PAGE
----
Reforming University Council to meet the needs of the 21st century
Here’s a quick quiz for you: Queen’s University has what form of governance?
Is it a unicameral system? Bicameral? Or tricameral? Stumped? Well, don’t be embarrassed if you are. Most alumni are likely in the same boat.
As one of the few universities in Canada to be governed by a Royal Charter passed by the Parliament of Canada, Queen’s is also one of the few universities in this country to operate with a tricameral governance structure that is composed of the Senate, the Board of Trustees, and University Council.
Under an 1874 provision of the Royal Charter that governed the composition and size of University Council, membership was prescribed as all Senators and members of the Board of Trustees and an equal number of elected alumni. Recent moves to reform the Board and the University Council meant a return to Parliament in 2011 to gain “home rule” over governance matters, in particular the size and composition of Council. This provides us with the opportunity to ensure our entire governance structure is relevant, strong and well-equipped to support Queen’s goals and aspirations.
The Board of Trustees has recently been streamlined, with the intent of an eventual reduction in size to 25. This will be accomplished over the next few years. With a more focused membership, University Council will be charged with the task of electing six of the 25 Trustees from the alumni community – a significant increase in governance responsibility. To meet that mandate, and to ensure Council remains a meaningful experience for Councillors and provides value to Queen’s, Council has established a road map to reform.
Recent initiatives under the expert guidance of Professor Emeritus (Engineering Physics/Astronomy) Bill McLatchie and V-P (Advancement) Tom Harris, Sc’75, as well as the in-depth facilitated session at our 2012 Annual meeting led by Prof. Scott Carson of the School of Business, have begun to focus on ways to redefine the form and function of Council.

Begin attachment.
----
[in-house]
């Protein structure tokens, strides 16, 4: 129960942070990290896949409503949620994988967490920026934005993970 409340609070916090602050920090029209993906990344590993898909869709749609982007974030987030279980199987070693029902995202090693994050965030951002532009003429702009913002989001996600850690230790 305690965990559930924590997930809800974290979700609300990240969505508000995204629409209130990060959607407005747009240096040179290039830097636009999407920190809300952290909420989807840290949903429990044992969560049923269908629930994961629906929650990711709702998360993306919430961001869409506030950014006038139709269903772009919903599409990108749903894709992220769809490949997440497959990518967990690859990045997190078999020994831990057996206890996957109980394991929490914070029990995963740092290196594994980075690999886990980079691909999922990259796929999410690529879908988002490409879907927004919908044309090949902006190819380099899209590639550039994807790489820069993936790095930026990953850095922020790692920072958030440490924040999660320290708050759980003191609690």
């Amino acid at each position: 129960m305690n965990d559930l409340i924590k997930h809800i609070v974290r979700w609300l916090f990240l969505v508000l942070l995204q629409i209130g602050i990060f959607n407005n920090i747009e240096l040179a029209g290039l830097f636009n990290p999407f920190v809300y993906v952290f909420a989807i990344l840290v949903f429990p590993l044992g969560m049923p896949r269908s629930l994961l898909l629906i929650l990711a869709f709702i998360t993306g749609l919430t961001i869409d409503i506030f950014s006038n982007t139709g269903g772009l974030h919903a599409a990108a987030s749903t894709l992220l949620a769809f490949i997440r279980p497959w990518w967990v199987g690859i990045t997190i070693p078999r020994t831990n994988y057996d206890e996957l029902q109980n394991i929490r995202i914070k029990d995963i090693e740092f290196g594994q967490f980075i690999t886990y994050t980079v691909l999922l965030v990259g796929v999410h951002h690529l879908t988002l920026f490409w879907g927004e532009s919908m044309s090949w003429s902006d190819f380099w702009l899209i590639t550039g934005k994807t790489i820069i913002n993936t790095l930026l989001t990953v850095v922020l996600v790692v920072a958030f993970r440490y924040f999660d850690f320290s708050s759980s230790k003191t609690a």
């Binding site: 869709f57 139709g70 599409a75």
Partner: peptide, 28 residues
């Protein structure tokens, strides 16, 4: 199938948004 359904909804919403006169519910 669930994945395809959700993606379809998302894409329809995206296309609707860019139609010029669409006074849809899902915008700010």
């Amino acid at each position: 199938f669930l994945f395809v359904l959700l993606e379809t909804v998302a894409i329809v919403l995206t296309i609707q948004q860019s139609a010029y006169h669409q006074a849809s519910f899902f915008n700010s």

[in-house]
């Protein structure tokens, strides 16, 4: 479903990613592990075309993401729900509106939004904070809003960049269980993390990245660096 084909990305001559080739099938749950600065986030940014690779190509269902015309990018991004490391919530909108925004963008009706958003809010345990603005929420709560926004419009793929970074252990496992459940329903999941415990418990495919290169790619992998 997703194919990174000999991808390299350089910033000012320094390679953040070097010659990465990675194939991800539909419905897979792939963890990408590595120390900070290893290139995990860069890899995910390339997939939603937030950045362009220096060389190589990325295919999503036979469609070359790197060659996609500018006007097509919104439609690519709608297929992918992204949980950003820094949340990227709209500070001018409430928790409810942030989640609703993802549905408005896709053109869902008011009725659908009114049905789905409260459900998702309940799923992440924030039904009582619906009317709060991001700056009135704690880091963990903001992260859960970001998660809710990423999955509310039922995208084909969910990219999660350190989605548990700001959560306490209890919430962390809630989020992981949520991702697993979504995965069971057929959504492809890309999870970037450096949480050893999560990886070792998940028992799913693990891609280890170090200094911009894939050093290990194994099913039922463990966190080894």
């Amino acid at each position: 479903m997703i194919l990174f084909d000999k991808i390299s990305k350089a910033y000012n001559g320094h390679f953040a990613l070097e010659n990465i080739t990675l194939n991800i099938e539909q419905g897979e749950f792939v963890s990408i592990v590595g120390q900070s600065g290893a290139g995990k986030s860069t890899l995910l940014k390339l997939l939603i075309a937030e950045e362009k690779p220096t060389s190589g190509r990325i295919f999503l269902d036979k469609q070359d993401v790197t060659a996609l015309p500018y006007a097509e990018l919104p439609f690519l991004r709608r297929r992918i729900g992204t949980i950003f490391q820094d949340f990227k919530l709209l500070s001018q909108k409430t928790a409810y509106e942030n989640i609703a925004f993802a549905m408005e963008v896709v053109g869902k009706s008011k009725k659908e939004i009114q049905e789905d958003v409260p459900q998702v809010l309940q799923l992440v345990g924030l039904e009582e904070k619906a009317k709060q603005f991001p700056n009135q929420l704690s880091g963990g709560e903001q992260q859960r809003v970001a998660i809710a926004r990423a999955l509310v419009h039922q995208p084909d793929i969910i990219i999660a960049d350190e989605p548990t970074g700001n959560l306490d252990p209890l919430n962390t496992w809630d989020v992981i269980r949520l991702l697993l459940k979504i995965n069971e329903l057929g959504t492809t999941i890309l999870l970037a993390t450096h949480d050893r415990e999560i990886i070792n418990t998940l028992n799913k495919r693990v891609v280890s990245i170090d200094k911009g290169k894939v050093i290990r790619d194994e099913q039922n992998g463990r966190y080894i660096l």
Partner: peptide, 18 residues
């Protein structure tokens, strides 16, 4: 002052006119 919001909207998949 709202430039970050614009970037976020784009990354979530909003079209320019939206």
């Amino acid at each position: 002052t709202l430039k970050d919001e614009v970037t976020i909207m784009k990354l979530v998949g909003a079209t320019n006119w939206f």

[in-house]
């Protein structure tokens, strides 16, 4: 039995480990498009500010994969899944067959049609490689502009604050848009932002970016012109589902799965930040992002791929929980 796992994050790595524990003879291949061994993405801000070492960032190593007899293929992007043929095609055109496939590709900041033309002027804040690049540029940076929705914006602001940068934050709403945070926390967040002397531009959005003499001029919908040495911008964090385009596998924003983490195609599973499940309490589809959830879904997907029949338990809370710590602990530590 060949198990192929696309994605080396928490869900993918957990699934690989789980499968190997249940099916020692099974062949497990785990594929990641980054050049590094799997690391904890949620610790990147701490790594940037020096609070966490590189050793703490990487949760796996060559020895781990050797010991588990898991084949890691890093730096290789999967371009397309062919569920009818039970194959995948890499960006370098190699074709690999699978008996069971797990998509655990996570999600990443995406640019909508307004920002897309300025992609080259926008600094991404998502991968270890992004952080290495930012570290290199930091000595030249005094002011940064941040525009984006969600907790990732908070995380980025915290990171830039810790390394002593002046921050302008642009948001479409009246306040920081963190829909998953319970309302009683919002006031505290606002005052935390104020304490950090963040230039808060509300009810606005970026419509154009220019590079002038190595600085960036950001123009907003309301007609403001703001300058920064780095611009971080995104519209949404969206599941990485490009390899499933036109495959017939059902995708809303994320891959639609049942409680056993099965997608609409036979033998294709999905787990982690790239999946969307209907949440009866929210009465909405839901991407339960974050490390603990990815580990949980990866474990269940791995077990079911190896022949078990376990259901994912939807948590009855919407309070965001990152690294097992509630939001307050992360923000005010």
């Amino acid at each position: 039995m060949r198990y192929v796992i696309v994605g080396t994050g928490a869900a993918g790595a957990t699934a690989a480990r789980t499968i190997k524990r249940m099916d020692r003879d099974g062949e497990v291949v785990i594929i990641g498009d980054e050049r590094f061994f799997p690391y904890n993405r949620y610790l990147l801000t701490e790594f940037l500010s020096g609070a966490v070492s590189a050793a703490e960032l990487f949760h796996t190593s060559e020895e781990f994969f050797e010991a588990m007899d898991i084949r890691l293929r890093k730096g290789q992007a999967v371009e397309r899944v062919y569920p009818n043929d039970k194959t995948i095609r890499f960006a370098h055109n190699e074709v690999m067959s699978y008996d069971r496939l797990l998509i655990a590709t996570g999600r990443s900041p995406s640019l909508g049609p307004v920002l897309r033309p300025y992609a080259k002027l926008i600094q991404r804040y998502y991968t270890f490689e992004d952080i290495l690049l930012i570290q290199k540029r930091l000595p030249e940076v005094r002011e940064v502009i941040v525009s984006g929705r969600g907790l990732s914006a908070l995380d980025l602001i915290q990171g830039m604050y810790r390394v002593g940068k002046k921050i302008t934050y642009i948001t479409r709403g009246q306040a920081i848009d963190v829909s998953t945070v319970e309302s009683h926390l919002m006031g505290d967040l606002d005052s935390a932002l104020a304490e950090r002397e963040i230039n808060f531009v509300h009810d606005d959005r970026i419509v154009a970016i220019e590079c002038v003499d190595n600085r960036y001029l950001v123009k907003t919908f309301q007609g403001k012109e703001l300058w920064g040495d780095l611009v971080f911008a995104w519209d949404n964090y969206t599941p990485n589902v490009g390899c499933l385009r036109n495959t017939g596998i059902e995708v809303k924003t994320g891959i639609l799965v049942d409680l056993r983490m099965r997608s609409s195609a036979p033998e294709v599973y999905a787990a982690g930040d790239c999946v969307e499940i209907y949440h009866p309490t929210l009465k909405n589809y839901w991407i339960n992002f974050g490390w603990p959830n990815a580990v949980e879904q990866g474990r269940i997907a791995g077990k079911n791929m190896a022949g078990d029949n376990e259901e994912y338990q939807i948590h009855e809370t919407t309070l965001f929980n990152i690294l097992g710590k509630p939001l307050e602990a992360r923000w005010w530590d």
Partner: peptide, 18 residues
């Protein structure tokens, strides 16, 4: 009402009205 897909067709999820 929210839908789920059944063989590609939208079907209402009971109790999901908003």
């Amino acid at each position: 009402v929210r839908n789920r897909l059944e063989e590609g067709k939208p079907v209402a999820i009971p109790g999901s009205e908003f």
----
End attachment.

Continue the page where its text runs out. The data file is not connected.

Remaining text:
The final step in this reform process is being undertaken by a group of Councillors under the direction of the Council Executive. The group is chaired by Councillor Alison Holt, Artsci’87, and includes representatives from the Senate, the Board of Trustees, the University administration, and five elected members of Council chosen by the members themselves.
“We intend to consult extensively with Councillors and to draw on the thoughtful work that’s already been done,” Holt says. ”There’s an enormous enthusiasm among Councillors to make a substantive contribution to our alma mater. Our job – in consultation with all alumni – is to propose the best way to get there, and to lay out a plan for the University Council to discuss and endorse at our 2013 meeting.”
The timelines for this final step include consulting on proposed reforms with Councillors in early winter, communicating recommendations to the broader alumni community, and culminating with a vote on the Council reform plan in April 2013. The first session of the newly constituted Council will take place in the fall of 2013.
For more on how the University Council is planning to transform itself to meet the needs and challenges of the 21st century, please watch future editions of the Review or visit the Council web site on the University Secretariat home page (please see the URL below).
If you have specific questions or comments about this process, please contact Alison Holt at email@example.com.
Ottawa resident Ellen Henderson is an elected Councillor and member of the University Council Executive. – Ed.